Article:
The risks include preparing to face the “most severe” consequences that come as a result of an attack with an aircraft of this type, and the research gave an example of the development of the Islamic State group the necessary communications to have actors in various Western countries able to purchase the necessary parts to build drones and the ability to export it to the Middle East.
However, the consequences of this development were “severe,” as the organization lost its communications and its ability to secure financing and obtain drone technology after the violent reaction it faced from the International Coalition in response to the use of these weapons.
In the book “The Future of Drones in the Future of Terrorist Attacks” by the American officer working within the Secretary of Defense Program for Strategic Thinkers at Johns Hopkins University, Thomas Pledger, he talked about similar attacks that Tahrir al-Sham was accused of carrying out on the Russian Hmeimim military base. He said that a squadron of 13 drones attacked two Russian bases in Syria, covering a distance of more than 50 kilometers.
These aircraft were “locally made and low-tech” compared to ready-made commercial aircraft, but they were unable to hit their targets at the time, and the ability of these aircraft to cover distances remains the biggest obstacle to the accusations that the regime has repeatedly directed against Tahrir al-Sham of carrying out attacks of this type, according to the American expert.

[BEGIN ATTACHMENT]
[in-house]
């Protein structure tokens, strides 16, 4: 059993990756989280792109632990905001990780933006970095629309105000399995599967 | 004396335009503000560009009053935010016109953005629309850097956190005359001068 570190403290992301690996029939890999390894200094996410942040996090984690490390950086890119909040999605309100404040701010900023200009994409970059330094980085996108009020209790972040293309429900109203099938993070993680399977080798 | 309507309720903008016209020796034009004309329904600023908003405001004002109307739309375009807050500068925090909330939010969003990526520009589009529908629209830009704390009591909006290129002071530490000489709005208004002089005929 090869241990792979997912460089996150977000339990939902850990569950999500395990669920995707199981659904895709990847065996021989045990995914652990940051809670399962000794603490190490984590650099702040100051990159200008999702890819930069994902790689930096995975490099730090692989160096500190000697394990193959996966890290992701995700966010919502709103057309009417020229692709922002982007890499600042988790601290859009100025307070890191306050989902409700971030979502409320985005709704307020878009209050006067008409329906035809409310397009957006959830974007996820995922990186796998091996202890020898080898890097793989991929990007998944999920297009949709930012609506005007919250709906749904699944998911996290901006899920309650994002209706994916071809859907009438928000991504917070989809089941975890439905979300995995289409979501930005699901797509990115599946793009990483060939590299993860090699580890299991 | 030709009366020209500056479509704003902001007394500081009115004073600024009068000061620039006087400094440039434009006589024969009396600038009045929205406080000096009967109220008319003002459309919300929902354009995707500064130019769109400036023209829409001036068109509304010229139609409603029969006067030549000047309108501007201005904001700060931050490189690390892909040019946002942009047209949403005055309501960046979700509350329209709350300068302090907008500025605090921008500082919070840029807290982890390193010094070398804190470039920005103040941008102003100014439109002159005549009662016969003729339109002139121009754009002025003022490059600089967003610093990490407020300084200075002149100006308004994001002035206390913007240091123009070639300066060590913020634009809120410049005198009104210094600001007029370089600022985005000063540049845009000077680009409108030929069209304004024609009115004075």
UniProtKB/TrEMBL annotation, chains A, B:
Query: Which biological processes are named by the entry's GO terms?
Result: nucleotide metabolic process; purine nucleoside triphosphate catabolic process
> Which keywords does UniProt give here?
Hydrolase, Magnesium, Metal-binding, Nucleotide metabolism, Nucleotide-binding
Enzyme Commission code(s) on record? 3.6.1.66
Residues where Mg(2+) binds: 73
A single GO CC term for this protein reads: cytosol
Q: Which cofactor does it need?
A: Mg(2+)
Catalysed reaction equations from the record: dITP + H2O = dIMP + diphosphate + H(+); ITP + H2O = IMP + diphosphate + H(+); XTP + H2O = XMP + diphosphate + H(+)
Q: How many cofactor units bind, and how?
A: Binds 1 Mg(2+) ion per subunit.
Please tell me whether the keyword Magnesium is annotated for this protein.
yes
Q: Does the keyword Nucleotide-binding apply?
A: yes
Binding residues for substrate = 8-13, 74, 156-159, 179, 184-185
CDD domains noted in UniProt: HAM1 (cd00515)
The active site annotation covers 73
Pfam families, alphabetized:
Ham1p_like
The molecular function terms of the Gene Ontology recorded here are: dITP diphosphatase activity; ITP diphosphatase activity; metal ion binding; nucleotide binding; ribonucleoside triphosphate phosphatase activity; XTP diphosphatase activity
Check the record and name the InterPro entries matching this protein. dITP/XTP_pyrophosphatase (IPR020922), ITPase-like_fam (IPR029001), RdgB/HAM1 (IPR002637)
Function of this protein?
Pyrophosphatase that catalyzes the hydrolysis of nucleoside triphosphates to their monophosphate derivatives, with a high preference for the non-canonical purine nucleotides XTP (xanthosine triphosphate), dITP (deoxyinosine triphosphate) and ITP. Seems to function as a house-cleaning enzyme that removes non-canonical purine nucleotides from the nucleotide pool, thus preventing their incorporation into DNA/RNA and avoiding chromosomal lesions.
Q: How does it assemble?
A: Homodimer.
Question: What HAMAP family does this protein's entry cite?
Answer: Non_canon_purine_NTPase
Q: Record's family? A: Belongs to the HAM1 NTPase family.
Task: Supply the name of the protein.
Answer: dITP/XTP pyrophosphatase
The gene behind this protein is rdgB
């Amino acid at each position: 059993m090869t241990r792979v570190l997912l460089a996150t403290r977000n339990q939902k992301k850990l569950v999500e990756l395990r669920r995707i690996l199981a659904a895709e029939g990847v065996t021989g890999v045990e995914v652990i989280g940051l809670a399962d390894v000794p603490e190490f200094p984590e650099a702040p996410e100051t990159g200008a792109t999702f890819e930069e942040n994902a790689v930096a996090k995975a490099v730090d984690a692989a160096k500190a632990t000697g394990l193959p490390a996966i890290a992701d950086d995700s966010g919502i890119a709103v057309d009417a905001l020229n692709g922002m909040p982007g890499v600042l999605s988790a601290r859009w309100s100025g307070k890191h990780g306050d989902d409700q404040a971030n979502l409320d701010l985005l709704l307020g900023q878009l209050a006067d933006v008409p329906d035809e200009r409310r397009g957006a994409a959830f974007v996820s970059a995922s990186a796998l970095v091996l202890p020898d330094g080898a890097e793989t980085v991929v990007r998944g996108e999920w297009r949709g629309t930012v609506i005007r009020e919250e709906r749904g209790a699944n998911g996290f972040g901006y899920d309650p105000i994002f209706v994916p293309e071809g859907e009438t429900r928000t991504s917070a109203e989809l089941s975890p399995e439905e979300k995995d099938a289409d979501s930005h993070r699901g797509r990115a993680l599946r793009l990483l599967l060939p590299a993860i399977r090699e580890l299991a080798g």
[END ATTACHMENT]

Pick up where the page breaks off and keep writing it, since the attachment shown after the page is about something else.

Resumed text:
Questioning the regime’s narrative
The area’s coordinates, its sensitive security nature, and the level of guarding and oversight that must be provided are all data relied upon by analysts and researchers to cast doubt on the regime’s narrative, and its loyalists also wondered how the drone reached the heart of the college and the major security breach occurred.
The HTS military wing said in a statement to Enab Baladi that the regime is living in a state of chaos at various levels, and its areas are controlled by militias, countries, and entities with conflicting interests, including Iran and Russia, in addition to multinational sectarian militias, living in a state of permanent conflict over influence and financial revenues.
It added that the regime is accustomed to taking revenge on unarmed civilians in northern Syria and directing malicious accusations against them whenever any event or failure occurs within areas under its control, which was repeated even in Israel’s bombing of its positions.
Hourani, the military expert, told Enab Baladi that the statements of the regime’s Defense Ministry cannot be accepted for reasons, the most important of which are attempts to mislead public opinion. “If the drones were actually coming from opposition-controlled areas, why did the air defenses deployed over the area covered by the regime’s drones not respond to them?” he added.
The area relatively close to the Syrian coast is crowded with Syrian and Russian air defenses.
Hourani believes that the regime has the ability to detect this type of attack early, especially in Homs, which is full of military units specialized in air defense and electronic warfare and can capture enemy targets.